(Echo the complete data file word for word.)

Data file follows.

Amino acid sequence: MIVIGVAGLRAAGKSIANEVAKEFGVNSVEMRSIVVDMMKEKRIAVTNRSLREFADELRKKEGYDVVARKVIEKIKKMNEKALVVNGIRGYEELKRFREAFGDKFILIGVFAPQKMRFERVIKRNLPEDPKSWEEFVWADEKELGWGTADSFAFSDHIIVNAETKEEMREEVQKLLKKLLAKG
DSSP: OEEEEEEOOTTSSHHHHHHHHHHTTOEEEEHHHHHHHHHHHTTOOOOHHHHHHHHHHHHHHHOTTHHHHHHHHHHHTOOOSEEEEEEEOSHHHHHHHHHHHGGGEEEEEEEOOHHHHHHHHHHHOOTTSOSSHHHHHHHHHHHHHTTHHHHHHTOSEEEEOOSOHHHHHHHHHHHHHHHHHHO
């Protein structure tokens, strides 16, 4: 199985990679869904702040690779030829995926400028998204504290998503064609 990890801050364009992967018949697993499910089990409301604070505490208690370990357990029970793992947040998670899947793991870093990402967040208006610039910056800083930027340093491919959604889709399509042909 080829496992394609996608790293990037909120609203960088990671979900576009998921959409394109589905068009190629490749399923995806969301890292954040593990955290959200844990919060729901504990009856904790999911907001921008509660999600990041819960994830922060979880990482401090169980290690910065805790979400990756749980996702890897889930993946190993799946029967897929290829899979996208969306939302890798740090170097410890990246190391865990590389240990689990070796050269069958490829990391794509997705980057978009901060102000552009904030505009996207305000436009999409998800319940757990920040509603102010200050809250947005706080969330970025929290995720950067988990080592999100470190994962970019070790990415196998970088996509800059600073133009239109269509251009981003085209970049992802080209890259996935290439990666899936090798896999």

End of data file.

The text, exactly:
Amino acid sequence: MIVIGVAGLRAAGKSIANEVAKEFGVNSVEMRSIVVDMMKEKRIAVTNRSLREFADELRKKEGYDVVARKVIEKIKKMNEKALVVNGIRGYEELKRFREAFGDKFILIGVFAPQKMRFERVIKRNLPEDPKSWEEFVWADEKELGWGTADSFAFSDHIIVNAETKEEMREEVQKLLKKLLAKG
DSSP: OEEEEEEOOTTSSHHHHHHHHHHTTOEEEEHHHHHHHHHHHTTOOOOHHHHHHHHHHHHHHHOTTHHHHHHHHHHHTOOOSEEEEEEEOSHHHHHHHHHHHGGGEEEEEEEOOHHHHHHHHHHHOOTTSOSSHHHHHHHHHHHHHTTHHHHHHTOSEEEEOOSOHHHHHHHHHHHHHHHHHHO
């Protein structure tokens, strides 16, 4: 199985990679869904702040690779030829995926400028998204504290998503064609 990890801050364009992967018949697993499910089990409301604070505490208690370990357990029970793992947040998670899947793991870093990402967040208006610039910056800083930027340093491919959604889709399509042909 080829496992394609996608790293990037909120609203960088990671979900576009998921959409394109589905068009190629490749399923995806969301890292954040593990955290959200844990919060729901504990009856904790999911907001921008509660999600990041819960994830922060979880990482401090169980290690910065805790979400990756749980996702890897889930993946190993799946029967897929290829899979996208969306939302890798740090170097410890990246190391865990590389240990689990070796050269069958490829990391794509997705980057978009901060102000552009904030505009996207305000436009999409998800319940757990920040509603102010200050809250947005706080969330970025929290995720950067988990080592999100470190994962970019070790990415196998970088996509800059600073133009239109269509251009981003085209970049992802080209890259996935290439990666899936090798896999």